Costly Green Schemes Flop as London Air Still Under Investigation for Pollution Levels
MPs are to launch an investigation into air pollution in London following a report suggesting that the capital has the worst quality air in the UK.
Chairwoman of the Commons Environmental Audit Committee, Joan Walley, said that her committee would look into the problem after a report by Public Health England said that the boroughs of Westminster and Kensington & Chelsea have the highest levels of pollutants, including nitrogen dioxide and various types of particulants, of any location in the country.
The report says that in 2010, 3,389 deaths in London were linked to air pollution, and 41,404 "life years" were lost. The borough with the worst mortality rate was Barnet, with 162 deaths linked to poor quality air, closely followed by Bromley with 161 and Croydon with 155.
Kensington & Chelsea and Westminster had the highest percentage of deaths attributable to air pollution, however, each with 8.3 percent.
London's air pollution problems pale in comparison other major world cities, however. India's Center for Science and Environment (CSE) revealed that air pollution in New Delhi was over 60 times higher than the level considered safe during the past winter. Levels of the most harmful pollutant, PM2.5, averaged 575 micrograms per cubic metre.
The Chinese capital Beijing had similar problems, recording 400 micrograms at peak levels. This compares to just 20 micrograms in London, well within the range of what is considered 'safe'.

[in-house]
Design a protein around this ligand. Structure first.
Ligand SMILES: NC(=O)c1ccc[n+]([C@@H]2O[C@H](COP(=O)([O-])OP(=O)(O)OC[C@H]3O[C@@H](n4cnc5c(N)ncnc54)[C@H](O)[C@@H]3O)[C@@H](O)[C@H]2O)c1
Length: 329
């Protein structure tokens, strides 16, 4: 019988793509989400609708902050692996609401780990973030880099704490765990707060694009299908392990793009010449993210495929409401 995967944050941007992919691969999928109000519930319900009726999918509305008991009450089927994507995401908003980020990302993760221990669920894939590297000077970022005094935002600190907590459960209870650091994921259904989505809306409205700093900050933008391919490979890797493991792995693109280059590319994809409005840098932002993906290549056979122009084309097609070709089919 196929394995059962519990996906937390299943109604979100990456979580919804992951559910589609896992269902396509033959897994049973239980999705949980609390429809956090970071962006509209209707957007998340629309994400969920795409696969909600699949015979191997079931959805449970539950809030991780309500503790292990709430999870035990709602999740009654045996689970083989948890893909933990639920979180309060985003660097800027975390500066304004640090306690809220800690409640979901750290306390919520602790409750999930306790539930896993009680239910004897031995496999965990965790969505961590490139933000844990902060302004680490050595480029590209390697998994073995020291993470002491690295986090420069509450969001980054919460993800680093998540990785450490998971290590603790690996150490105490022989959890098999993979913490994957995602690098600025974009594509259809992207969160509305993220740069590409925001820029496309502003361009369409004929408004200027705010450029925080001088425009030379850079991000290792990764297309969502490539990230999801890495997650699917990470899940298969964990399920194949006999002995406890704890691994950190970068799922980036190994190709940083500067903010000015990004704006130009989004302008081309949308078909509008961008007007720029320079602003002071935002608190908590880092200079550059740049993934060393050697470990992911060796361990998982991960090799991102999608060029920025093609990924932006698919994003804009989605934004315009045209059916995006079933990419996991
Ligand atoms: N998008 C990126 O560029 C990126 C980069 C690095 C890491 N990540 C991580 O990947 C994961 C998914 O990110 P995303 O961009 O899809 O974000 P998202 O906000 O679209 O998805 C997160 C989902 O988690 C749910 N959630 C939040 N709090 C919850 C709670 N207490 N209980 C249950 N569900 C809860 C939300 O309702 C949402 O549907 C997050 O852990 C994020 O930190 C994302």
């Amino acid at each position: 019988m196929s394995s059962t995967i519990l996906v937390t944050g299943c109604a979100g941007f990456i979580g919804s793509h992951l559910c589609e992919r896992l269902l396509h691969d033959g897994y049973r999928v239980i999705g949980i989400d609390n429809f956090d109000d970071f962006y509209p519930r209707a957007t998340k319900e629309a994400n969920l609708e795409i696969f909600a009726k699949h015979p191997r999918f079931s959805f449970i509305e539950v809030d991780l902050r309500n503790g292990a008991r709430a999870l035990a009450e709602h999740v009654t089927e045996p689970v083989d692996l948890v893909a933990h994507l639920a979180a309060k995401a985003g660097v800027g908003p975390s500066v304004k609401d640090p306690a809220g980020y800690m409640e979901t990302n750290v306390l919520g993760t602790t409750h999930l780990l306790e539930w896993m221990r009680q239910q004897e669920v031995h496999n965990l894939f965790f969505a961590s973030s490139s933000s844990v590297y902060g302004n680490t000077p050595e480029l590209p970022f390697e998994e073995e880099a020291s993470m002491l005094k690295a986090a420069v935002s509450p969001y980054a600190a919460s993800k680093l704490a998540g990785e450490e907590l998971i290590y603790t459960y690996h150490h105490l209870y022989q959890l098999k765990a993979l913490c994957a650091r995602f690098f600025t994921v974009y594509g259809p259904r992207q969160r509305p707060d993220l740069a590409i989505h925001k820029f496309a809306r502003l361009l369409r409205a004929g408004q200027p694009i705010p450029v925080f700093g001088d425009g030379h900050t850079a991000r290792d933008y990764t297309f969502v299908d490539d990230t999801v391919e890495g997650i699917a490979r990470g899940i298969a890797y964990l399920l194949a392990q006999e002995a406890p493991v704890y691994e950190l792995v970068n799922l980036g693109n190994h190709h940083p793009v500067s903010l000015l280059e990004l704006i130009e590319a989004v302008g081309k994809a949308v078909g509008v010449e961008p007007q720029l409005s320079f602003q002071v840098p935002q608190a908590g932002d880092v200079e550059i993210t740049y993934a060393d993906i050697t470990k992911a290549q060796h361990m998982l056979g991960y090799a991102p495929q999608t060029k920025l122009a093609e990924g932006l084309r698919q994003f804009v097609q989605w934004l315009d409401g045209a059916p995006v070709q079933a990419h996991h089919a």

The investigation into London’s air quality also comes despite numerous expensive 'green' schemes to reduce emissions in the capital.
Previous mayor Ken Livingstone introduced a "congestion charge" in central London to try to cut the number of cars in the middle of the city and encourage the use of public transport instead. The charge is currently £10 per day.
Current mayor Boris Johnson has also introduced a bicycle hire scheme, popularly known as "Boris bikes", to encourage more people to cycle around the capital in preference to driving. Despite sponsorship by Barclay's bank, the scheme still costs taxpayers £11 million per year, or £1,400 per bicycle.
Perhaps the biggest 'green' transport initiative by the current mayor, however, has been the creation of a new fleet of hybrid diesel-electric buses whose design is based on the traditional Routemaster bus that was once a common sight on London streets.
These buses cost £11 million to design, and each bus costs £50,000 more than a standard hybrid model.